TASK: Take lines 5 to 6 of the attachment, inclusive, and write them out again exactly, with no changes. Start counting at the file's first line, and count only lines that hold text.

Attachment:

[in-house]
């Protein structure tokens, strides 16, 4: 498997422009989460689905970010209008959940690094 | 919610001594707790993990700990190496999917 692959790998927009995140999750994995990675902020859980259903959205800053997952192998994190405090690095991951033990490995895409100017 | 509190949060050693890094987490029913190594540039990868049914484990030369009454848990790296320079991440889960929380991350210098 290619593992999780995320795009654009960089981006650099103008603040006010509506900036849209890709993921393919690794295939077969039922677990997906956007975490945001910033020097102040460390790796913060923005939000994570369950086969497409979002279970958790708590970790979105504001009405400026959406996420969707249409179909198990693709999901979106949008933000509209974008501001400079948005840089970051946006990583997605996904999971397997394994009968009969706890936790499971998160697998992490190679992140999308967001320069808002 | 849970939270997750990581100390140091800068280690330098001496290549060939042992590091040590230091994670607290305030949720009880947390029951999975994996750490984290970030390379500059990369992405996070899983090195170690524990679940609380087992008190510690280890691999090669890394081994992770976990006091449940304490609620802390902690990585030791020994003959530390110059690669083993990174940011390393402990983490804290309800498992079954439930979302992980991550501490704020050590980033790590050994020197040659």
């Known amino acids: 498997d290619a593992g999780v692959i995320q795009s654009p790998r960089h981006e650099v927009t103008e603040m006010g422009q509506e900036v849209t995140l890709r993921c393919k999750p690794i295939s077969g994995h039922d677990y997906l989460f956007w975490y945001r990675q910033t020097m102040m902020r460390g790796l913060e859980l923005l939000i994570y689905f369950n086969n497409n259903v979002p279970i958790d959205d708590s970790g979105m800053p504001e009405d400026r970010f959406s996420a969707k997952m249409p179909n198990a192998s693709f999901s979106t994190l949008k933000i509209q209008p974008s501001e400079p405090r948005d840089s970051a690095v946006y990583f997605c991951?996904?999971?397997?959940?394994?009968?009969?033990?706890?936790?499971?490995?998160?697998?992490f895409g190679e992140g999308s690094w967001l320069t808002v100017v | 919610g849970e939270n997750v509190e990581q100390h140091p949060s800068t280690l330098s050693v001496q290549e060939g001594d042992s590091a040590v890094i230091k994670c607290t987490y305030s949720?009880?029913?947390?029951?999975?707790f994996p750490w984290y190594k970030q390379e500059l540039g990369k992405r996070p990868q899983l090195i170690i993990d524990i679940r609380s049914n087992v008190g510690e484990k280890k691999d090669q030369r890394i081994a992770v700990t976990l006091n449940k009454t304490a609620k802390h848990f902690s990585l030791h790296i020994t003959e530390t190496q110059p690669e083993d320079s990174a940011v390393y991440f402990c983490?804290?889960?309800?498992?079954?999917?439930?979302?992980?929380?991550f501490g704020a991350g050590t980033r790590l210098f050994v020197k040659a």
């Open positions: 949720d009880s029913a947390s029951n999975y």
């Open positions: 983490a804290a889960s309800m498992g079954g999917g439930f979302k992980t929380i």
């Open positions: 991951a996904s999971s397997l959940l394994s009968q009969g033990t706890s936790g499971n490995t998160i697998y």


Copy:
């Open positions: 983490a804290a889960s309800m498992g079954g999917g439930f979302k992980t929380i």
């Open positions: 991951a996904s999971s397997l959940l394994s009968q009969g033990t706890s936790g499971n490995t998160i697998y």